Research Article

Health-seeking behavior and waste management practices among women in major urban markets in Owerri, Nigeria

  • Received: 09 November 2019 Accepted: 05 February 2020 Published: 20 March 2020
  • Behavioral patterns on seeking health are pertinent in terms of how waste is managed. However, informal approach towards waste management has led to poor environmental attitude and pernicious health consequences for many Nigerians. Despite plethora of scientific investigation on waste management, there has been paucity of information on health-seeking behavior and waste management practices among market women, hence the need for this research. The study aimed at assessing the health-seeking behavioral pattern of women traders on waste management in major urban markets in Owerri, Nigeria by identifying the extent of their commitment to sustainable waste management practices, investigating health-seeking behaviors that influence their attitude towards waste management and measuring prevalence of waste-related diseases among them. Data collection for the study involved a cross-sectional survey of 739 women trading in three Owerri major urban markets in line with the study's aim. Results show that motivation to manage waste for disease control was effectively predicted by type of trading item (Omnibus Test: χ2 = 13.871, df = 3, p-value = 0.003); Cochran-Armitage tests of trend show that there is no statistically linear trend between the proportions of understanding the 3Rs and the rankings for methods of seeking health; understanding the 3Rs was not determined by health-seeking method as most methods were with motivation to manage waste discordant (4 out 5 health-seeking methods had negative Goodman & Kruskal's G values); PCA on the prevalence of waste-related diseases had a two-component structure which followed acute and chronic dimensions; vegetable and plastics comprised the highest waste streams with plastics being most reused waste type while government is mainly responsible for waste disposal. The study recommends a knowledge transfer approach in entrenching sustainable waste management practices.

    Citation: Cyprian Ezedike, Eudora Ohazurike, Faisal C Emetumah, Okechukwu O Ajaegbu. Health-seeking behavior and waste management practices among women in major urban markets in Owerri, Nigeria[J]. AIMS Public Health, 2020, 7(1): 169-187. doi: 10.3934/publichealth.2020015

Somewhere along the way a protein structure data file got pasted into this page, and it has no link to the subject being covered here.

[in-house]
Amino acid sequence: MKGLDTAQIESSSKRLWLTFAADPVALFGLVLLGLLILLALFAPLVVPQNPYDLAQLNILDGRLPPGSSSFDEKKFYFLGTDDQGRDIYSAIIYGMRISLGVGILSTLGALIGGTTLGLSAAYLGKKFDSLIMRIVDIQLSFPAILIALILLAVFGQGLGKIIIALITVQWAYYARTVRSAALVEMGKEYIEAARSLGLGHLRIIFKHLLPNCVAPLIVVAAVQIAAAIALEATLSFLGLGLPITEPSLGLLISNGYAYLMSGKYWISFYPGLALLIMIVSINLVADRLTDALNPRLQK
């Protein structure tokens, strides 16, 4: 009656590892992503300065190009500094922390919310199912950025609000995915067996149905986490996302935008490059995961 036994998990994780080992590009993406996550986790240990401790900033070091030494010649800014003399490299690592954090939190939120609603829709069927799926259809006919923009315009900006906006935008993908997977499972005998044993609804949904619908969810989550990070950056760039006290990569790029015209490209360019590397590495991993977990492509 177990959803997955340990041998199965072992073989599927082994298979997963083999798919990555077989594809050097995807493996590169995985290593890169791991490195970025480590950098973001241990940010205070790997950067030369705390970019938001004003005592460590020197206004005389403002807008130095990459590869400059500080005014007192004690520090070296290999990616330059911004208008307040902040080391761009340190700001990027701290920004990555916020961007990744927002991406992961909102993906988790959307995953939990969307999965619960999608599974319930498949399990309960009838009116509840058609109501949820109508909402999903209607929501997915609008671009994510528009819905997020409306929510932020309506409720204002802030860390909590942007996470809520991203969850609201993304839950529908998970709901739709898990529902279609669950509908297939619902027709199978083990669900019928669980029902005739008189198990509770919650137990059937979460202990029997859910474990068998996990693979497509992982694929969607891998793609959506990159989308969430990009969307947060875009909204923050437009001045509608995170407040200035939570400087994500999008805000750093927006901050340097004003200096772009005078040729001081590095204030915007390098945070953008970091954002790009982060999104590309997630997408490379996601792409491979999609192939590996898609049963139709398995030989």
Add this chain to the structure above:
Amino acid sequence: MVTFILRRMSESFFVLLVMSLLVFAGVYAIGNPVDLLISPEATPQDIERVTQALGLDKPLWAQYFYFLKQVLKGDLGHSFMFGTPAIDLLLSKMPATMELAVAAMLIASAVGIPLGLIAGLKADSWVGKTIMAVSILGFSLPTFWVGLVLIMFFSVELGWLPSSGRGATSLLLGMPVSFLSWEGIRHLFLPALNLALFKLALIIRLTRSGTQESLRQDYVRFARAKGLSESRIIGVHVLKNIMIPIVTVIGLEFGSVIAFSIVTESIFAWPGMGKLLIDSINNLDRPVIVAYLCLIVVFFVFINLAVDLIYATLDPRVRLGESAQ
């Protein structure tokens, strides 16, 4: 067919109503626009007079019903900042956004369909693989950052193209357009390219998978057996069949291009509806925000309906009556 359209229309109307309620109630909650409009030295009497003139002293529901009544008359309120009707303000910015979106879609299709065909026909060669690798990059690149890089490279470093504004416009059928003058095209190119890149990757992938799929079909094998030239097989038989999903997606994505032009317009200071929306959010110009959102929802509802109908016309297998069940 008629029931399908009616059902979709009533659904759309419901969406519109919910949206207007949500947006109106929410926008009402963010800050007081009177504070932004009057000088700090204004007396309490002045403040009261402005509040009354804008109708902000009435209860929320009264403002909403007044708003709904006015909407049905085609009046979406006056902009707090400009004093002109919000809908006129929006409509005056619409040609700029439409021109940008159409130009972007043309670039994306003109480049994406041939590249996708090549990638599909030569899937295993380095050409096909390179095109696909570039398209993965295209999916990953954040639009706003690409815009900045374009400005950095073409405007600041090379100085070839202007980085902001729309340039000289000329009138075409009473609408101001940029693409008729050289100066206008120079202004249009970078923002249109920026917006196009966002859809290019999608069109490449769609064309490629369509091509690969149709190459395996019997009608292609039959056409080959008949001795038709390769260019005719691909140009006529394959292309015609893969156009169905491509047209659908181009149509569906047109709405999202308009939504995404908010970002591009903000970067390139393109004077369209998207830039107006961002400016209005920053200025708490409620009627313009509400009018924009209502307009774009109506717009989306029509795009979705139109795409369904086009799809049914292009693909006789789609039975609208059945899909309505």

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  • Behavioral patterns on seeking health are pertinent in terms of how waste is managed. However, informal approach towards waste management has led to poor environmental attitude and pernicious health consequences for many Nigerians. Despite plethora of scientific investigation on waste management, there has been paucity of information on health-seeking behavior and waste management practices among market women, hence the need for this research. The study aimed at assessing the health-seeking behavioral pattern of women traders on waste management in major urban markets in Owerri, Nigeria by identifying the extent of their commitment to sustainable waste management practices, investigating health-seeking behaviors that influence their attitude towards waste management and measuring prevalence of waste-related diseases among them. Data collection for the study involved a cross-sectional survey of 739 women trading in three Owerri major urban markets in line with the study's aim. Results show that motivation to manage waste for disease control was effectively predicted by type of trading item (Omnibus Test: χ2 = 13.871, df = 3, p-value = 0.003); Cochran-Armitage tests of trend show that there is no statistically linear trend between the proportions of understanding the 3Rs and the rankings for methods of seeking health; understanding the 3Rs was not determined by health-seeking method as most methods were with motivation to manage waste discordant (4 out 5 health-seeking methods had negative Goodman & Kruskal's G values); PCA on the prevalence of waste-related diseases had a two-component structure which followed acute and chronic dimensions; vegetable and plastics comprised the highest waste streams with plastics being most reused waste type while government is mainly responsible for waste disposal. The study recommends a knowledge transfer approach in entrenching sustainable waste management practices.
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    Acknowledgment



    This work was approved by Imo State University (IMSU), Owerri research ethics committee and supported by IMSU 2018 IBR-TETFUND research funding program. We would like to acknowledge all market women that participated in the study and also 2018/2019 IMSU students from departments of Sociology and Geography & Environmental Management that participated as field assistants during data collection.

    Conflict of interest



    All authors declare no conflicts of interest in this paper.

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